Anoka-Hennepin Independent School District 11:
Coon Rapids, Minnesota
This school district has a very successful partnership program. In 1998-99, nearly 7,000 parents volunteered in the district in various projects and programs. The district's Web site includes information to help parents supervise homework and read to their children, as well as a page that assesses a student's learning style. Anoka-Hennepin is a district member of the National Network of Partnership Schools at Johns Hopkins University.
Vineland Public Schools
Vineland, New Jersey
An elementary school in this district, Max Leuchter Elementary, was chosen by WORKING MOTHER magazine as a school that "works for families." The district uses TIPS interactive homework (see "How can connecting schools and communities help teachers with lesson planning?") and has an active Parent Resource Center. The "Archives Alive" program records community history and includes information about local historical sites. Max Leuchter is a school member of the National Network of Partnership Schools.
Northland Pines School District
Eagle River, Wisconsin
Schools in this district offer parent hotlines that give information about homework, classwork, and special events for each class. Some classes have their own Web pages on which they describe science experiments and other projects. The schools' calendars are online and include links to sites relevant to the day's lessons and events. Wisconsin is a state member of the National Network of Partnership Schools.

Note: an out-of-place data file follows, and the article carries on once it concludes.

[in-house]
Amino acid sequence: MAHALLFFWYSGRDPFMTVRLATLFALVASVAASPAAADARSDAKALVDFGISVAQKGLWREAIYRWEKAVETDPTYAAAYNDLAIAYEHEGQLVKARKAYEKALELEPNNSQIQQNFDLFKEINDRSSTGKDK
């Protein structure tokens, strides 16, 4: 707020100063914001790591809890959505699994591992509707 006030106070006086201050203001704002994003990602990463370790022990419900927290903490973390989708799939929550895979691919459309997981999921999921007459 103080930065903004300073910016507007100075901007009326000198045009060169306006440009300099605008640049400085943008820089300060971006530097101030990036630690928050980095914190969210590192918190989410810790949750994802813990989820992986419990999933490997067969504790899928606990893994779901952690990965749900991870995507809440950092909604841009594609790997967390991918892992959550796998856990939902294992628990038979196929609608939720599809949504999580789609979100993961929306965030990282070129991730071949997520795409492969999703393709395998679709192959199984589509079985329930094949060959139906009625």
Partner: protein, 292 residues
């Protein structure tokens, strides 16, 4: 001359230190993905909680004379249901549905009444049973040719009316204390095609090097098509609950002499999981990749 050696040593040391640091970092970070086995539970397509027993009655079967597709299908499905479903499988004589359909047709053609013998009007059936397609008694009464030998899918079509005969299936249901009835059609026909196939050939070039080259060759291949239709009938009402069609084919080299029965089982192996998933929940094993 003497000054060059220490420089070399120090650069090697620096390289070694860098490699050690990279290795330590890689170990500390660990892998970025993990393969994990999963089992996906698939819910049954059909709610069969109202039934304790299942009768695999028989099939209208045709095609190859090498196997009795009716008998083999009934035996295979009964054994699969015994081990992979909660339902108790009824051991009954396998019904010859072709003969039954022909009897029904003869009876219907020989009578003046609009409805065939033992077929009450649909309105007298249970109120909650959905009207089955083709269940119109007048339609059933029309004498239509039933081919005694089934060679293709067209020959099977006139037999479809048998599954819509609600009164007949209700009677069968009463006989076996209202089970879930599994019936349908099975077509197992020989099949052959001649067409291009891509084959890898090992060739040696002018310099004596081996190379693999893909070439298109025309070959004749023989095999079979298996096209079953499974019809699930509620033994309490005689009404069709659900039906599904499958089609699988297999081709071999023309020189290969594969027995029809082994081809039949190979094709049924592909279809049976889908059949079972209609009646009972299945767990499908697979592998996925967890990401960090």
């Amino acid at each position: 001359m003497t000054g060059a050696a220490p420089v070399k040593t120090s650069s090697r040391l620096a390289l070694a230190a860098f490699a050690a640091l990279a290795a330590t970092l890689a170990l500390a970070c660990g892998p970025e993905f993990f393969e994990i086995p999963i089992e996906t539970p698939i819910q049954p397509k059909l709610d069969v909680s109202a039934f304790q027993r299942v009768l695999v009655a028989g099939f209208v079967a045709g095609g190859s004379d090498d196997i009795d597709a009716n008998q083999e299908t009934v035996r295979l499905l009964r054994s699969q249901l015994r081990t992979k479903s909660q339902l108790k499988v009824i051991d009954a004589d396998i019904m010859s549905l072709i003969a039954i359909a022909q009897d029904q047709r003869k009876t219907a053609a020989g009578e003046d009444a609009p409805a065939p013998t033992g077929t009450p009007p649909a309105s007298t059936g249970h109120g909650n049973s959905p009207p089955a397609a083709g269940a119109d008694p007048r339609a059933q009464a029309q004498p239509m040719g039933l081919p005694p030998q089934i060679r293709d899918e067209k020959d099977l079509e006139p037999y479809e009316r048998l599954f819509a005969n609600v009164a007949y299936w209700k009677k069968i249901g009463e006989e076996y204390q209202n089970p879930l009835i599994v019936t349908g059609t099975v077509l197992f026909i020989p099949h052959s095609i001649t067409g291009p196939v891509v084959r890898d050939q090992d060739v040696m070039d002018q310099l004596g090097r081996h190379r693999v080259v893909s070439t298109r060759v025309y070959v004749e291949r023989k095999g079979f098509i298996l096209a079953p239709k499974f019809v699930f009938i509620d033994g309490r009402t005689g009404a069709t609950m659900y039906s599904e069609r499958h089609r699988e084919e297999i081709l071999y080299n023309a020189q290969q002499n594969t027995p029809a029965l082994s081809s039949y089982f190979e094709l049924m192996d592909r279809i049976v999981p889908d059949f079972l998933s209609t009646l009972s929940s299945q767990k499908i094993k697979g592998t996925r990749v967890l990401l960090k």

Ysleta Independent School District
El Paso, Texas
This district was formerly one of Texas's "low performing" districts. When parents and educators worked to develop a program of higher standards and other reforms, the school became the first urban district in Texas to be "recognized" for its massive improvement on statewide standardized tests. The Web site features a "parent involvement" section, as well as links to educational resources and an overview of the district's activities. Texas is a state member of the National Network of Partnership Schools.
There are also a number of community-based organizations where citizens have become actively involved in the reform of their schools. These include:
Right Question Project
The Right Question Project (RQP) is an organization that helps traditionally disengaged people build skills to get involved in issues that affect them. Its educational methodology prepares people to more effectively advocate for themselves; participate in decision-making processes pertinent to them and their families; and hold those decision-makers and decision-making processes accountable. Project areas include economic self-sufficiency, healthcare, public education, citizen participation and community building, self-advocacy and accountability, and campaign finance reform.
RQP's family involvement activities center on teaching parents to more effectively support, monitor, and advocate for their child's education. Through its Question Formulation Technique, RQP trains parents to develop critical-thinking skills and to begin engaging schools in joint problem-solving processes. This methodology has been used among parents in Rhode Island, Kentucky, New Jersey, and with the Massachusetts Parent Training and Empowerment Project.
National Coalition of Advocates for Students